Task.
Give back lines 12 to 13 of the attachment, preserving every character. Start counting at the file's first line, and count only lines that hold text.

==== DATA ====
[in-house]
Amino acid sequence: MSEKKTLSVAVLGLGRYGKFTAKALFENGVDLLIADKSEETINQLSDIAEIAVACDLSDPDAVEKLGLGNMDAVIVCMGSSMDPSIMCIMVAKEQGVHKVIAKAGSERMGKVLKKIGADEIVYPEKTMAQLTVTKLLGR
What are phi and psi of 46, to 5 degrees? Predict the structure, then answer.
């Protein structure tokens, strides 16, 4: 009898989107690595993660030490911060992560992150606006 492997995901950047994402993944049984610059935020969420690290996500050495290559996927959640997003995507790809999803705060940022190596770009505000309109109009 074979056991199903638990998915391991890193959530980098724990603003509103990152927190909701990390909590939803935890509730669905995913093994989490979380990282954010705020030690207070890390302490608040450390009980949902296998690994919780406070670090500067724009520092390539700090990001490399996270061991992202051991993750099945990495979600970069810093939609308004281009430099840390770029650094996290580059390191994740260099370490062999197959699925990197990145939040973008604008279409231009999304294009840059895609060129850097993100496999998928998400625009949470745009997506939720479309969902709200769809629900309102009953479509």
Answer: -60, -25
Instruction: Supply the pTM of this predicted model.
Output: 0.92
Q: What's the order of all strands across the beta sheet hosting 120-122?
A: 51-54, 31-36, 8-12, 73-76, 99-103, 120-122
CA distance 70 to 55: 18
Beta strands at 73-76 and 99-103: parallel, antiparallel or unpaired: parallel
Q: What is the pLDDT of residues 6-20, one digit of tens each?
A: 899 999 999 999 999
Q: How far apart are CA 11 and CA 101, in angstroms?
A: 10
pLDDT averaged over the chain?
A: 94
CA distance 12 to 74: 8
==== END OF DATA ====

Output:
Q: What is the pLDDT of residues 6-20, one digit of tens each?
A: 899 999 999 999 999